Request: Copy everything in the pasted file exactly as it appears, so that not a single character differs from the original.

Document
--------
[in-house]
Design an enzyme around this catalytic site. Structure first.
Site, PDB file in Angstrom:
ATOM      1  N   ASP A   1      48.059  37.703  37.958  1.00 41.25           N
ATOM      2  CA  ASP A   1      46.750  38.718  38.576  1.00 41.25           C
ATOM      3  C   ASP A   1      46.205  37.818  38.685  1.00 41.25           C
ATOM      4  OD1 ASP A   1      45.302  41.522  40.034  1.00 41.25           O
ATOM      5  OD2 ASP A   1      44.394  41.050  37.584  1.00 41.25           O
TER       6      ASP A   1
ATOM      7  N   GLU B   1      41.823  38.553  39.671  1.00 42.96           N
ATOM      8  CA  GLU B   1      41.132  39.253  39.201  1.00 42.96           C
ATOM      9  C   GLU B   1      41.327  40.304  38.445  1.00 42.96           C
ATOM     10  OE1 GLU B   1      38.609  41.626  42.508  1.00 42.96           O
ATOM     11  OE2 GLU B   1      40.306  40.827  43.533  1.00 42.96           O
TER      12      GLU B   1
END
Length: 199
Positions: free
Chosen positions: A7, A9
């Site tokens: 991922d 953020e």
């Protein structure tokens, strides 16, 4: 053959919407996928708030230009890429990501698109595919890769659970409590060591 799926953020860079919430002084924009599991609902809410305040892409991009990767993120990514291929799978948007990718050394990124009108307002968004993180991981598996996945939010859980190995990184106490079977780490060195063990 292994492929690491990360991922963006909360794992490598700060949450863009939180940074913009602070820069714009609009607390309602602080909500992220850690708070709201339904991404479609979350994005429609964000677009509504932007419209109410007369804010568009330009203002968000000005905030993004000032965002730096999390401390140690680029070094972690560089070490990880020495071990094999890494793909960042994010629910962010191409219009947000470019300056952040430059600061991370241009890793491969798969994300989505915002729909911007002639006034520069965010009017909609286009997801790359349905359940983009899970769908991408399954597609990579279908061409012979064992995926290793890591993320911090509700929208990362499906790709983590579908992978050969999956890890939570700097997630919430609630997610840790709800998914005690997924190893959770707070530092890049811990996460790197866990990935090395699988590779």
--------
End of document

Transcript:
[in-house]
Design an enzyme around this catalytic site. Structure first.
Site, PDB file in Angstrom:
ATOM      1  N   ASP A   1      48.059  37.703  37.958  1.00 41.25           N
ATOM      2  CA  ASP A   1      46.750  38.718  38.576  1.00 41.25           C
ATOM      3  C   ASP A   1      46.205  37.818  38.685  1.00 41.25           C
ATOM      4  OD1 ASP A   1      45.302  41.522  40.034  1.00 41.25           O
ATOM      5  OD2 ASP A   1      44.394  41.050  37.584  1.00 41.25           O
TER       6      ASP A   1
ATOM      7  N   GLU B   1      41.823  38.553  39.671  1.00 42.96           N
ATOM      8  CA  GLU B   1      41.132  39.253  39.201  1.00 42.96           C
ATOM      9  C   GLU B   1      41.327  40.304  38.445  1.00 42.96           C
ATOM     10  OE1 GLU B   1      38.609  41.626  42.508  1.00 42.96           O
ATOM     11  OE2 GLU B   1      40.306  40.827  43.533  1.00 42.96           O
TER      12      GLU B   1
END
Length: 199
Positions: free
Chosen positions: A7, A9
């Site tokens: 991922d 953020e």
């Protein structure tokens, strides 16, 4: 053959919407996928708030230009890429990501698109595919890769659970409590060591 799926953020860079919430002084924009599991609902809410305040892409991009990767993120990514291929799978948007990718050394990124009108307002968004993180991981598996996945939010859980190995990184106490079977780490060195063990 292994492929690491990360991922963006909360794992490598700060949450863009939180940074913009602070820069714009609009607390309602602080909500992220850690708070709201339904991404479609979350994005429609964000677009509504932007419209109410007369804010568009330009203002968000000005905030993004000032965002730096999390401390140690680029070094972690560089070490990880020495071990094999890494793909960042994010629910962010191409219009947000470019300056952040430059600061991370241009890793491969798969994300989505915002729909911007002639006034520069965010009017909609286009997801790359349905359940983009899970769908991408399954597609990579279908061409012979064992995926290793890591993320911090509700929208990362499906790709983590579908992978050969999956890890939570700097997630919430609630997610840790709800998914005690997924190893959770707070530092890049811990996460790197866990990935090395699988590779």